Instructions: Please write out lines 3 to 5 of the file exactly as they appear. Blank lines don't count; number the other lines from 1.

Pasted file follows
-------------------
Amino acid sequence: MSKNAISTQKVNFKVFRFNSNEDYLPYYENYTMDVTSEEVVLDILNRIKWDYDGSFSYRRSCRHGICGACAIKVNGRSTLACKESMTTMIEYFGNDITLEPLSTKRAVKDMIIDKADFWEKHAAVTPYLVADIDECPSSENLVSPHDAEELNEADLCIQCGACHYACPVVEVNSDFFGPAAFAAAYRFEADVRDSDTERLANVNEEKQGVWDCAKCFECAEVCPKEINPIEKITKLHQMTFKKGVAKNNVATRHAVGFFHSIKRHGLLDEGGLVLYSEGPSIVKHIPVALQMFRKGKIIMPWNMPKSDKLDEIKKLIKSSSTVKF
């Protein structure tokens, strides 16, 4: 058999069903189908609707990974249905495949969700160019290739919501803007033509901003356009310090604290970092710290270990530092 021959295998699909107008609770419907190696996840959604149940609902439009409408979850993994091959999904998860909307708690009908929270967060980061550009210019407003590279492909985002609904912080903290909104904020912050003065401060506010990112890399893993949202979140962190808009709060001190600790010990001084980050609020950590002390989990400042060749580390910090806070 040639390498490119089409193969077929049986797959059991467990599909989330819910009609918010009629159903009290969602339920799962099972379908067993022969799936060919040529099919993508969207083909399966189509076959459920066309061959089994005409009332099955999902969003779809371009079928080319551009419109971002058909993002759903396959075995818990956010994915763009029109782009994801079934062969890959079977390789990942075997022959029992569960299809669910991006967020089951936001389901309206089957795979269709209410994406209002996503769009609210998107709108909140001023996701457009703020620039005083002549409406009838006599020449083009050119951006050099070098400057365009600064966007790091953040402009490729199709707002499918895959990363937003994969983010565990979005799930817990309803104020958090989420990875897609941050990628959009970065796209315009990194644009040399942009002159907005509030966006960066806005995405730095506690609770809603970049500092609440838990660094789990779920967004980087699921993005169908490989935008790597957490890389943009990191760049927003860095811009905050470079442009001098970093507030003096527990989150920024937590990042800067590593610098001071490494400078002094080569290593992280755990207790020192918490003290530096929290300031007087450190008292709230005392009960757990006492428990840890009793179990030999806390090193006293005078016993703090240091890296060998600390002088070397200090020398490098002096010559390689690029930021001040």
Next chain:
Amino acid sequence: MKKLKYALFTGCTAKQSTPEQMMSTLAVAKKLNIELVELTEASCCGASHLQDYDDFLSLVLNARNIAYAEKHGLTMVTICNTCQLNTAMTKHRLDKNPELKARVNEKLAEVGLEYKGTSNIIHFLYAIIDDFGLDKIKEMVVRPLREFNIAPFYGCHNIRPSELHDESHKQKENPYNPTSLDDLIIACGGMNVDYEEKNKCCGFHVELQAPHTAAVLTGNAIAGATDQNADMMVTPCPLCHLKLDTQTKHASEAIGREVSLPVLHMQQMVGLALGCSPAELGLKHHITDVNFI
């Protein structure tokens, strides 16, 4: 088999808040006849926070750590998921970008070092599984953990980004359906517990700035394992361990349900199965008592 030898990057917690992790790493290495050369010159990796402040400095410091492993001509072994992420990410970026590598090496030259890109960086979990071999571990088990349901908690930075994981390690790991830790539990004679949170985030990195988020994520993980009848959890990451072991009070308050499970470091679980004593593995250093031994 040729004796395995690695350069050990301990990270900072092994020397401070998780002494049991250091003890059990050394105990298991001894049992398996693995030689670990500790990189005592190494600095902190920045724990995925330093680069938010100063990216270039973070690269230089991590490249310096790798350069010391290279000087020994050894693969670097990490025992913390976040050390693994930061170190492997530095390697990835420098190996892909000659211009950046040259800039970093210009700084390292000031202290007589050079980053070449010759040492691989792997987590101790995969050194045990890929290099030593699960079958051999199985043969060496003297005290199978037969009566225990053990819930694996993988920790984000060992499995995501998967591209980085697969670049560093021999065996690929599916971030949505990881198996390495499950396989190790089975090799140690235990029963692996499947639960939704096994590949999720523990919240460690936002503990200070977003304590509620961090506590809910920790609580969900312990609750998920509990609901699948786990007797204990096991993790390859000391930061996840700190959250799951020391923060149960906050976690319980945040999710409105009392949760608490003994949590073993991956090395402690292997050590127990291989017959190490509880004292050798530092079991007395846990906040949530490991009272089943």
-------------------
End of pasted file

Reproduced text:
Next chain:
Amino acid sequence: MKKLKYALFTGCTAKQSTPEQMMSTLAVAKKLNIELVELTEASCCGASHLQDYDDFLSLVLNARNIAYAEKHGLTMVTICNTCQLNTAMTKHRLDKNPELKARVNEKLAEVGLEYKGTSNIIHFLYAIIDDFGLDKIKEMVVRPLREFNIAPFYGCHNIRPSELHDESHKQKENPYNPTSLDDLIIACGGMNVDYEEKNKCCGFHVELQAPHTAAVLTGNAIAGATDQNADMMVTPCPLCHLKLDTQTKHASEAIGREVSLPVLHMQQMVGLALGCSPAELGLKHHITDVNFI
């Protein structure tokens, strides 16, 4: 088999808040006849926070750590998921970008070092599984953990980004359906517990700035394992361990349900199965008592 030898990057917690992790790493290495050369010159990796402040400095410091492993001509072994992420990410970026590598090496030259890109960086979990071999571990088990349901908690930075994981390690790991830790539990004679949170985030990195988020994520993980009848959890990451072991009070308050499970470091679980004593593995250093031994 040729004796395995690695350069050990301990990270900072092994020397401070998780002494049991250091003890059990050394105990298991001894049992398996693995030689670990500790990189005592190494600095902190920045724990995925330093680069938010100063990216270039973070690269230089991590490249310096790798350069010391290279000087020994050894693969670097990490025992913390976040050390693994930061170190492997530095390697990835420098190996892909000659211009950046040259800039970093210009700084390292000031202290007589050079980053070449010759040492691989792997987590101790995969050194045990890929290099030593699960079958051999199985043969060496003297005290199978037969009566225990053990819930694996993988920790984000060992499995995501998967591209980085697969670049560093021999065996690929599916971030949505990881198996390495499950396989190790089975090799140690235990029963692996499947639960939704096994590949999720523990919240460690936002503990200070977003304590509620961090506590809910920790609580969900312990609750998920509990609901699948786990007797204990096991993790390859000391930061996840700190959250799951020391923060149960906050976690319980945040999710409105009392949760608490003994949590073993991956090395402690292997050590127990291989017959190490509880004292050798530092079991007395846990906040949530490991009272089943």